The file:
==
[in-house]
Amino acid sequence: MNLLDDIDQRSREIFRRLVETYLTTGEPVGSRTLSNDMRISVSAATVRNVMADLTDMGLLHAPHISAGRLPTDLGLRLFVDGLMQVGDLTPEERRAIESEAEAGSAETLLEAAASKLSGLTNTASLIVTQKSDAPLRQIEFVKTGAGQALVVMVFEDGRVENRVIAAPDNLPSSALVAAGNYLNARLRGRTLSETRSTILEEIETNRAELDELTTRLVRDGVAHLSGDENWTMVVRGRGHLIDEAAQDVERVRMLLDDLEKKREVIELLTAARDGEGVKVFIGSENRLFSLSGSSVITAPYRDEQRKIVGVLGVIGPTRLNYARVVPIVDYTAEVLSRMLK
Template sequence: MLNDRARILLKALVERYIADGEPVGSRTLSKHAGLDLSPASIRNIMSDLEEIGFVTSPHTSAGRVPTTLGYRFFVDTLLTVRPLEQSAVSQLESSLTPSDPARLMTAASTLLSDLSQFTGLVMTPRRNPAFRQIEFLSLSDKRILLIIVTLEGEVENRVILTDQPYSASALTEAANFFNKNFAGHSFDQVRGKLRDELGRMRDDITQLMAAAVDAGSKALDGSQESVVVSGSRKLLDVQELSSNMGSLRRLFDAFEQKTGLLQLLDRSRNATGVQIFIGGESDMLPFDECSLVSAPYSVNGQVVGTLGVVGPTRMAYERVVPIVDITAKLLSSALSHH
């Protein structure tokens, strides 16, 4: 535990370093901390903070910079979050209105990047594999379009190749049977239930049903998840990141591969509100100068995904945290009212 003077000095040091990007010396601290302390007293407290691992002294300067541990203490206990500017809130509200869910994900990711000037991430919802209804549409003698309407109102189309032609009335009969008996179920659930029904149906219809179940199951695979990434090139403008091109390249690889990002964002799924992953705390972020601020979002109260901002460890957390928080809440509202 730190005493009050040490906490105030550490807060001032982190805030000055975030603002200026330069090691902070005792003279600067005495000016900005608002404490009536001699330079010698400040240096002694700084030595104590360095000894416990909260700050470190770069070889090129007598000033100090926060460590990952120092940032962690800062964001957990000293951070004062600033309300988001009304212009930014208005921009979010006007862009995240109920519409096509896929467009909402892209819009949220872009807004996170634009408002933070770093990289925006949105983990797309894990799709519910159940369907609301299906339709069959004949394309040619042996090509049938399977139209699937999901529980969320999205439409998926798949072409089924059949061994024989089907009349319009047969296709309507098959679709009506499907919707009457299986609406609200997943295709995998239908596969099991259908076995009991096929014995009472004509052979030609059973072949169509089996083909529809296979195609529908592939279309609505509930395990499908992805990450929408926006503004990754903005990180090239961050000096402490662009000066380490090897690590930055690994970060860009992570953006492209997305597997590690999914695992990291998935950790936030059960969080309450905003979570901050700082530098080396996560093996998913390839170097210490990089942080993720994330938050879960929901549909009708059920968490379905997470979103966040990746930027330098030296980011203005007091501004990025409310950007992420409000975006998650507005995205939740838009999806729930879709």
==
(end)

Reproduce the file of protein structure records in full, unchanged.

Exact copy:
[in-house]
Amino acid sequence: MNLLDDIDQRSREIFRRLVETYLTTGEPVGSRTLSNDMRISVSAATVRNVMADLTDMGLLHAPHISAGRLPTDLGLRLFVDGLMQVGDLTPEERRAIESEAEAGSAETLLEAAASKLSGLTNTASLIVTQKSDAPLRQIEFVKTGAGQALVVMVFEDGRVENRVIAAPDNLPSSALVAAGNYLNARLRGRTLSETRSTILEEIETNRAELDELTTRLVRDGVAHLSGDENWTMVVRGRGHLIDEAAQDVERVRMLLDDLEKKREVIELLTAARDGEGVKVFIGSENRLFSLSGSSVITAPYRDEQRKIVGVLGVIGPTRLNYARVVPIVDYTAEVLSRMLK
Template sequence: MLNDRARILLKALVERYIADGEPVGSRTLSKHAGLDLSPASIRNIMSDLEEIGFVTSPHTSAGRVPTTLGYRFFVDTLLTVRPLEQSAVSQLESSLTPSDPARLMTAASTLLSDLSQFTGLVMTPRRNPAFRQIEFLSLSDKRILLIIVTLEGEVENRVILTDQPYSASALTEAANFFNKNFAGHSFDQVRGKLRDELGRMRDDITQLMAAAVDAGSKALDGSQESVVVSGSRKLLDVQELSSNMGSLRRLFDAFEQKTGLLQLLDRSRNATGVQIFIGGESDMLPFDECSLVSAPYSVNGQVVGTLGVVGPTRMAYERVVPIVDITAKLLSSALSHH
């Protein structure tokens, strides 16, 4: 535990370093901390903070910079979050209105990047594999379009190749049977239930049903998840990141591969509100100068995904945290009212 003077000095040091990007010396601290302390007293407290691992002294300067541990203490206990500017809130509200869910994900990711000037991430919802209804549409003698309407109102189309032609009335009969008996179920659930029904149906219809179940199951695979990434090139403008091109390249690889990002964002799924992953705390972020601020979002109260901002460890957390928080809440509202 730190005493009050040490906490105030550490807060001032982190805030000055975030603002200026330069090691902070005792003279600067005495000016900005608002404490009536001699330079010698400040240096002694700084030595104590360095000894416990909260700050470190770069070889090129007598000033100090926060460590990952120092940032962690800062964001957990000293951070004062600033309300988001009304212009930014208005921009979010006007862009995240109920519409096509896929467009909402892209819009949220872009807004996170634009408002933070770093990289925006949105983990797309894990799709519910159940369907609301299906339709069959004949394309040619042996090509049938399977139209699937999901529980969320999205439409998926798949072409089924059949061994024989089907009349319009047969296709309507098959679709009506499907919707009457299986609406609200997943295709995998239908596969099991259908076995009991096929014995009472004509052979030609059973072949169509089996083909529809296979195609529908592939279309609505509930395990499908992805990450929408926006503004990754903005990180090239961050000096402490662009000066380490090897690590930055690994970060860009992570953006492209997305597997590690999914695992990291998935950790936030059960969080309450905003979570901050700082530098080396996560093996998913390839170097210490990089942080993720994330938050879960929901549909009708059920968490379905997470979103966040990746930027330098030296980011203005007091501004990025409310950007992420409000975006998650507005995205939740838009999806729930879709």